President Donald Trump announced Thursday that the United States will withdraw from the Paris climate agreement, but will begin negotiations to "re-enter either the Paris accord or an entirely new transaction."

Trump says the deal, a landmark 190-nation climate agreement aimed at reducing carbon emissions to slow climate change, "disadvantages" the U.S. and is causing lost jobs and lower wages.

Trump says the Paris accord is more about other nations gaining a "financial advantage" over the U.S. than it is about climate change.

The announcement fulfills one of Trump's top campaign pledges. But it also undermines world efforts to combat global warming.

The U.S. had agreed under former President Barack Obama to reduce emissions to 26 percent to 28 percent of 2005 levels by 2025 — about 1.6 billion tons.

Here's the reaction:

American mayors

The U.S. Conference of Mayors says it strongly opposes President Donald Trump's decision to withdraw from the Paris climate accord and vows that the nation's mayors will continue efforts to reduce greenhouse gas emissions blamed for global warming.

The mayors said in a statement Thursday that the U.S. and other nations need to address climate change to become energy independent, self-reliant and resilient.

New Orleans Mayor Mitch Landrieu, the group's vice president, called climate change a grave threat to coastal communities, the nation and the world.

Steve Adler, the mayor of Austin, Texas, said his city won't stop fighting climate change.

NJ officials

U.S. Rep. Tom MacArthur, R-N.J. 3rd District, said “climate change is a critical issue and it is vital that we act as good stewards of the environment. In any future agreement, we must protect American workers from a competitive disadvantage and ensure that nations across the globe also carry their weight.”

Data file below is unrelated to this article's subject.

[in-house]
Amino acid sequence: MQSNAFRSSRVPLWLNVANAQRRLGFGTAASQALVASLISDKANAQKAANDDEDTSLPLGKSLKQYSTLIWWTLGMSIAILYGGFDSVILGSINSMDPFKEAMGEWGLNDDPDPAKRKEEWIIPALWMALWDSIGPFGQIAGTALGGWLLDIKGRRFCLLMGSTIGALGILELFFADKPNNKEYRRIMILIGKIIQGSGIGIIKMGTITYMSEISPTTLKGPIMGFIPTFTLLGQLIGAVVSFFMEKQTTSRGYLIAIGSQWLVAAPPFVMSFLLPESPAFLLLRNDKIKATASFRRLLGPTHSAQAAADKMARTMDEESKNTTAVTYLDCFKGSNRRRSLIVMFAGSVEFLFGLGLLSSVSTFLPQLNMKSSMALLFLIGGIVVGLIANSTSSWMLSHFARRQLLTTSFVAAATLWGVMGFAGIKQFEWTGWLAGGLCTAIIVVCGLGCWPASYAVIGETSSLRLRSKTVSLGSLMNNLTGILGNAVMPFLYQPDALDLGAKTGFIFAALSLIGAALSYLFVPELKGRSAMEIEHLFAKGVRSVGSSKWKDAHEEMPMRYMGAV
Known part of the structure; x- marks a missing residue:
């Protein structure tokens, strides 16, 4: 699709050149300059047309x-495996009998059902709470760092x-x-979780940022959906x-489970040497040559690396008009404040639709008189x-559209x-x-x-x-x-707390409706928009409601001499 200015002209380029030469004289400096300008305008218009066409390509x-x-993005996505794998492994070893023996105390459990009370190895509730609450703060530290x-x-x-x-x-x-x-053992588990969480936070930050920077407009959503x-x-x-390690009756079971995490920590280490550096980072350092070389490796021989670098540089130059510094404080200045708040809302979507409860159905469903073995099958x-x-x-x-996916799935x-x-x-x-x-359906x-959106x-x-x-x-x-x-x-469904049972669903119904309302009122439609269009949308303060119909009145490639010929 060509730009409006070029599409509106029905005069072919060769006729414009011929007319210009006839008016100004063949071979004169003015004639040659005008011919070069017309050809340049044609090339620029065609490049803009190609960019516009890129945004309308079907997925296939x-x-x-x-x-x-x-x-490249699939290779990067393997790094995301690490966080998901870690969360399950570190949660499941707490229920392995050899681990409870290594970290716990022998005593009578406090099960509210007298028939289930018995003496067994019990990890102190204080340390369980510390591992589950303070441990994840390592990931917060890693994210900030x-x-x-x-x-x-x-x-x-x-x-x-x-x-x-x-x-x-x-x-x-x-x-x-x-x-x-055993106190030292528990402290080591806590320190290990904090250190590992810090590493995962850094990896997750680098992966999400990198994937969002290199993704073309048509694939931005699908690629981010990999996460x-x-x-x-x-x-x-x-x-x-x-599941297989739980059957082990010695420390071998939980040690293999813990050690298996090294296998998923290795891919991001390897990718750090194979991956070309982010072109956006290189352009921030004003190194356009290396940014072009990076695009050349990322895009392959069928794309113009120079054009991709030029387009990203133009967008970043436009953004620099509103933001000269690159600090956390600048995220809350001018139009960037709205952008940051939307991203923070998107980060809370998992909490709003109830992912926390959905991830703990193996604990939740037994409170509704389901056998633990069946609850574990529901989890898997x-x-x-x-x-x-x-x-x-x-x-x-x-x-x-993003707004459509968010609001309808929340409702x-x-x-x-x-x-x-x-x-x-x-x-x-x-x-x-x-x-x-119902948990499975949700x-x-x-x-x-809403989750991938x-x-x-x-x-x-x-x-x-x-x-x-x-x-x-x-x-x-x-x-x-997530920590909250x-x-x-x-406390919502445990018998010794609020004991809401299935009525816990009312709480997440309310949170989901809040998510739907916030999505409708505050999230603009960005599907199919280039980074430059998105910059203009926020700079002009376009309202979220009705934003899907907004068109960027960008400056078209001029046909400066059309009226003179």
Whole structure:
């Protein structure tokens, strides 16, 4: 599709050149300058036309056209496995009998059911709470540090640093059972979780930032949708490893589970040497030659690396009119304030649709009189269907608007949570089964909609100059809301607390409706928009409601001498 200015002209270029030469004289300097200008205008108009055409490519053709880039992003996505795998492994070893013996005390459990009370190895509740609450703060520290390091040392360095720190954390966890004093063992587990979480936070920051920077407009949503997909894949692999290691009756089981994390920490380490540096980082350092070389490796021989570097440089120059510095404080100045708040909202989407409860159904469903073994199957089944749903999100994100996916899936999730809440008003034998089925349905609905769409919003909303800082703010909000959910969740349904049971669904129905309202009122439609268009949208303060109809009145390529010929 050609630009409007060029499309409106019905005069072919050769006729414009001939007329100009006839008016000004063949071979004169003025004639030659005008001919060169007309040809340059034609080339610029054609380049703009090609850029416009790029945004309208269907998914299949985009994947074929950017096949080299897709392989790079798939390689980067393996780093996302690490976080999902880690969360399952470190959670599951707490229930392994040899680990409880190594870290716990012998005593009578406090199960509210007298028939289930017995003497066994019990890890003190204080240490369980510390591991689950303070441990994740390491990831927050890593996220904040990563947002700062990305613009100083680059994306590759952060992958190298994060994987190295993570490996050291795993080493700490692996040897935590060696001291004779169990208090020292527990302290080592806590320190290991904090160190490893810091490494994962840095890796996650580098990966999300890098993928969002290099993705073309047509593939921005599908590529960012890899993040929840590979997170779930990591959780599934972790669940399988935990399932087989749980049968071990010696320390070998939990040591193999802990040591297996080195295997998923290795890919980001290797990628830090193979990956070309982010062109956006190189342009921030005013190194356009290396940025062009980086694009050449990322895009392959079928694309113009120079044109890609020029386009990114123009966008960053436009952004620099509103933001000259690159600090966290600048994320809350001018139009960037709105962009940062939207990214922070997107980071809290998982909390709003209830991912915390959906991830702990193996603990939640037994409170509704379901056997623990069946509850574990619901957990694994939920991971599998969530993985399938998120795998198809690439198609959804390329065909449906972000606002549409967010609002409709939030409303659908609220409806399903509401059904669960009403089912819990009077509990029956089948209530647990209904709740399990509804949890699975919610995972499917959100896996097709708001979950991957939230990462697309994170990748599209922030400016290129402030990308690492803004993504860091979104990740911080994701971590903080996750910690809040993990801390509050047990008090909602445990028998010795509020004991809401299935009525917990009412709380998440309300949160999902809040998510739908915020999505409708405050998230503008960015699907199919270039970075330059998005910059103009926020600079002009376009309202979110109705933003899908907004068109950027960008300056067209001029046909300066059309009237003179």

U.S. Rep. Frank Pallone, D-N.J. 6th District:

Democratic gubernatorial candidate Phil Murphy:

Democratic gubernatorial candidate and Assemblyman John Wisniewski, D-Middlesex:

 

Democratic gubernatorial candidate Jim Johnson:

Barack Obama

Former President Barack Obama says the Trump administration is joining "a small handful of nations that reject the future" by withdrawing from the Paris climate change pact.

Obama is defending the deal that his administration painstakingly negotiated. He says the countries that stay in the Paris deal will "reap the benefits in "jobs and industries created." He says the U.S. should be "at the front of the pack."

The former president says in a statement that Trump's decision reflects "the absence of American leadership." But Obama says he's confident nonetheless that U.S. cities, states and businesses will fill the void by taking the lead on protecting the climate.

Al Gore

Former Vice President Al Gore is calling the decision to exit the Paris agreement "a reckless and indefensible action."

Gore says the move "undermines America's standing in the world." He released the statement as President Donald Trump was speaking at the White House Rose Garden.

European Union

The European Union's top climate change official says President Donald Trump's decision to pull out of the Paris accord makes it "a sad day for the global community."

The EU's climate action commissioner, Miguel Arias Canete, said in a statement Thursday that the bloc "deeply regrets the unilateral decision by the Trump administration."

World mayors

Mayors from major cities around the world say they remain committed to the Paris climate accord despite President Donald Trump's decision to pull out of the deal.

In a statement Thursday, mayors of the world's megacities committed to addressing climate change said that despite the U.S. move, American cities can continue to play a role in trying to prevent catastrophic global warming.

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